Dave Whelan was born in Bradford on 24 November 1936. He signed for Blackburn Rovers from Wigan Boys Club in December 1953, and made his debut for the Rovers in 1956 against West Ham at Ewood Park. Two years of National Service however delayed him really making his mark in the first team.
Blackburn at the time were a Second Division team, but in 1957-58 they gained promotion to the First Division, conceding only 18 goals at Ewood Park. The following season saw mid-table consolidation, but in 1959-60 Rovers struggled in the League, finishing 17th - albeit just behind Everton and Manchester City, and ahead of relegated Leeds United.
From Charles Buchan's Football Monthly June 1959
In the same edition is an article about Wigan Athletic!!
But it was in the FA Cup that Rovers made their name that season, reaching the Final on Saturday May 7th. The programme notes for right-back Dave Whelan say: "Bradford-born, he joined Rovers in the 1958-59 season from a Wigan junior club. Strong in the tackle with a wonderful recovery, he was singled out by Matt Busby eighteen months ago as "one of the most improved players of the season". Already spotted by the F.A. for representative matches. Height 5 ft. 8 in., weight 11 st. 6 lb."
Rovers were unsettled for the big day when centre-forward Derek Dougan asked for a transfer on the eve of the big match. The game itself started inauspiciously for Rovers, and in the 41st minute a low centre by Barry Stobart was deflected into his own net by Blackburn's left half Mick McGrath.
But worse was to come for young Whelan. Just two minutes later, and two minutes from half-time Norman Deeley, Wolves' outside-right pushed the ball forward and went after it when Whelan came in "low and hard, but fair" (Deeley's own words). Deeley's right shin met Whelan's left shin and the crack was audible. Dave Whelan was carried off, and actually waved to Deeley on his way off to indicate the Wolves player was not to blame.
However, at 23, Dave Whelan's top-level career was effectively over. It was a year before he could play again, and then cracked his leg in the same spot against Sheffield Wednesday. He played 115 times for Crewe Alexandra between 1963 and 1966. In so doing, he played in all four divisions of the League - an experience that shouldn't be taken lightly. But fate took Dave Whelan in another direction, a very succesful direction.
With the £400 compensation he received following his injury he bought a small grocery business operating from Blackburn Market. By 1978 Whelans Discount Stores were being sold to the supermarket chain, Morrisons, for £1.5 million.
David Whelan is not a man who likes to be idle, and he bought a small sports store in Wigan for £7,400. The store had a slightly unusual history. It was founded in 1903 by a rugby player by the name of J J Broughton. He sold the company on to a gentleman named J J Braddock, who later sold it on to J J Bradburn. The initials of all these three being the same led to the store being locally always called "JJB", a name that Dave Whelan kept when he acquired the business.
An advert in a 1962 Latics' programme
The business in 1978 specialised in fishing items, its lead range being maggots! Whelan transformed the business, and through the 1980s a programme of expansion targetting towns with a population of over 50,000 led to 119 outlets and a flotation in 1994 at a value of £64.5 million.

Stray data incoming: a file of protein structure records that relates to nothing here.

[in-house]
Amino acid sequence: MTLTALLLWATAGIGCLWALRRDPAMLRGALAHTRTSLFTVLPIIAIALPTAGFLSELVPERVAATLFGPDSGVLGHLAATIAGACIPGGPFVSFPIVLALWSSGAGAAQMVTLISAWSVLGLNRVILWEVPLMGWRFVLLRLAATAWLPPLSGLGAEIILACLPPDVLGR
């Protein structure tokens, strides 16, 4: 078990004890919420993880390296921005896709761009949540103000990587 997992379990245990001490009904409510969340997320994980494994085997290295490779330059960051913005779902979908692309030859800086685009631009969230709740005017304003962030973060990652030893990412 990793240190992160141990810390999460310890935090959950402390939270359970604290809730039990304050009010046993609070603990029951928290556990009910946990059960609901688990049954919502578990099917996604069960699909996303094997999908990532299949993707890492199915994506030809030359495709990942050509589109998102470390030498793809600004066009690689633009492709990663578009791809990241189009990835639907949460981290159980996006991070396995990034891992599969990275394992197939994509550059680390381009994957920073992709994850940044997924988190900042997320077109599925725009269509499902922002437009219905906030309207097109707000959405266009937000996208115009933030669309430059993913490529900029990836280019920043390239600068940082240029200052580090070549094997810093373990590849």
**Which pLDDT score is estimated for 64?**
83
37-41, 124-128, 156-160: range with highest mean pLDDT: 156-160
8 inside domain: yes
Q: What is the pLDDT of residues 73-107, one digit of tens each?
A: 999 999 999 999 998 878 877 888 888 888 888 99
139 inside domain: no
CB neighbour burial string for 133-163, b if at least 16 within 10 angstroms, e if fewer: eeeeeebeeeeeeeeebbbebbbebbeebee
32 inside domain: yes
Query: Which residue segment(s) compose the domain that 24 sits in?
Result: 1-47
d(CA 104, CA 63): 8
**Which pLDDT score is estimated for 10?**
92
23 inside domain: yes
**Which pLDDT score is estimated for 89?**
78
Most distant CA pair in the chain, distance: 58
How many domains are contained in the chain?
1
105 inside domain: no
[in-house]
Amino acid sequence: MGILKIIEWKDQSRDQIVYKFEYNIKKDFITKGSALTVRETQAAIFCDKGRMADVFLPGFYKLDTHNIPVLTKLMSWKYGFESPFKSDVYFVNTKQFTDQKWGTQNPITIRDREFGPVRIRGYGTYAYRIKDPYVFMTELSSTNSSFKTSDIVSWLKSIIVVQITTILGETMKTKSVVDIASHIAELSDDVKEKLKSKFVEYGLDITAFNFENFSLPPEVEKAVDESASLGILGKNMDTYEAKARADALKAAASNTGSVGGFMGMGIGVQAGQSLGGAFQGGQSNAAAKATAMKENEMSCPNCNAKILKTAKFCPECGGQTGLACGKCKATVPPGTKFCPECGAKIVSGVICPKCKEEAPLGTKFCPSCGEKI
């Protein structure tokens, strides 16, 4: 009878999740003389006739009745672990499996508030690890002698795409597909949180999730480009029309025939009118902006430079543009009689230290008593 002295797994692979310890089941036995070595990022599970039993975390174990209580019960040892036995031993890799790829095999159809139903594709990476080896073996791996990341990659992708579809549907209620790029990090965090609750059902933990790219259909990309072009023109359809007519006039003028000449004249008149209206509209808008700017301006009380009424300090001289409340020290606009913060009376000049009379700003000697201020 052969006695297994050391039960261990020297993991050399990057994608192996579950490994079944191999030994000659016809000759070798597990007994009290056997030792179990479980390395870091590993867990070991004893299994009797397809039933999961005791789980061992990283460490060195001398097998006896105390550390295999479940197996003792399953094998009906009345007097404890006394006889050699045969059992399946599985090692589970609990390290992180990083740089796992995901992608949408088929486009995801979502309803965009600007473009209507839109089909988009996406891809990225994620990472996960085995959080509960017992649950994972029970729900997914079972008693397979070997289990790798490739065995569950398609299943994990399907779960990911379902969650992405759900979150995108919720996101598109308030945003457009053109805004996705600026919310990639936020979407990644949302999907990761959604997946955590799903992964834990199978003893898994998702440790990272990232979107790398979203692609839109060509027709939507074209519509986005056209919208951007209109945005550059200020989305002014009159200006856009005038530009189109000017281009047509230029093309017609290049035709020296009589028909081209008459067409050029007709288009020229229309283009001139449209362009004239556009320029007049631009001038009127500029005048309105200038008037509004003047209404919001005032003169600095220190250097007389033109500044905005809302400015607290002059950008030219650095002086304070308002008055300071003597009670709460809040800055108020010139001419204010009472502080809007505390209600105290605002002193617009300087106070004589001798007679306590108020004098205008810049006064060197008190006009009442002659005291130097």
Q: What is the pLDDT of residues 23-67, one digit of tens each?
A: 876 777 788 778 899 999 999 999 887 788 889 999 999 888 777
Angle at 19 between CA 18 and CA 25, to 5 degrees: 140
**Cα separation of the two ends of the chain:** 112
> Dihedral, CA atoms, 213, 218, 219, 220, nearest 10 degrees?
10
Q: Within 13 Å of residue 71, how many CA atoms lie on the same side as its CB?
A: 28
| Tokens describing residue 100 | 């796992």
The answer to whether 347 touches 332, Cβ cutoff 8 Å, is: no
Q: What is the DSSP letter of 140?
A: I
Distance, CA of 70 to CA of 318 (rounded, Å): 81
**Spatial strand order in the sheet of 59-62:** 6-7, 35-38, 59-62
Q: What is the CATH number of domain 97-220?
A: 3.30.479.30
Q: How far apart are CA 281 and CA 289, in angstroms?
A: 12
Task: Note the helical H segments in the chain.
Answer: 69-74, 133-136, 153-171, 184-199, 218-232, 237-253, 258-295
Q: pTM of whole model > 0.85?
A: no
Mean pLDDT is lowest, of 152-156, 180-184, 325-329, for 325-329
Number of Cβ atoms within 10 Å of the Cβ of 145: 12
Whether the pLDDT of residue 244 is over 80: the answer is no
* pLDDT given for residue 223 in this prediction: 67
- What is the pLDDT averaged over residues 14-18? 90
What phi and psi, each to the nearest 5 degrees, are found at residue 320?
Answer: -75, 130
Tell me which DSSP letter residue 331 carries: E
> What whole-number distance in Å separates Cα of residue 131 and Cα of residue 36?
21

The company is now the biggest sports retailers in the country, having acquired Sports Division in 1998. By 2002 the company's net profit was £64.8 million, and made a further acquisition of T J Hughes that year. There are now 430 stores, predominantly in the UK. However Dave Whelan scaled down his business interests in JJB when in 2005 he stepped down as Chairman of the company, and sold £50 million of shares in January 2007. He sold the remainder of his shares in June 2007. The fact that this preceded a major downturn in the retail trade may just be good luck - but Dave Whelan is known for being very shrewd.
In another twist in the business saga in March 2009 Dave Whelan acquired back the 52 JJB Fitness clubs for reported £70 million, and rebadged them DW Sports Fitness. As he said: "I was getting a bit fed up of being retired. The original plan was for 100 health clubs and stores and that's still the target." At the same time JJB's naming rights for the stadium came to an end, and so the stadium was rebranded after the new company, the DW Stadium.
In February 1995 David Whelan turned his eye towards his primary love, football, and he took over as Chairman of a then struggling Wigan Athletic. For his first game a "crowd" of 1,452 turned up at Springfield Park. From the time of his arrival things have looked rosy for the Latics. He was instrumental in innovatively bringing three Spaniards, Jesus Seba, Roberto Martinez and Isidro Diaz to the club, when lower Division teams just didn't do such things. His investment secured promotion to the Second Division and then in 2003 to the First, culminating with promotion to the Premiership in 2005. He has invested heavily in providing the public of Wigan, including the supporters of the town's rugby team who he helped rescue from financial ruin, with a stadium fit for high level sport.
The supporters of Latics owe a lot to David Whelan. He is a hard businessman, and sometimes that tempers attitudes towards him and militates against an excess of sycophancy. But he loves Wigan, and he loves his football team. Without him, at best we would be playing in the Nationwide Conference now. At worst we would have gone the way of Wigan County, Wigan Town, Wigan Borough etc etc, into the "History" page of a website like this.
For that, Mr Whelan, we thank you.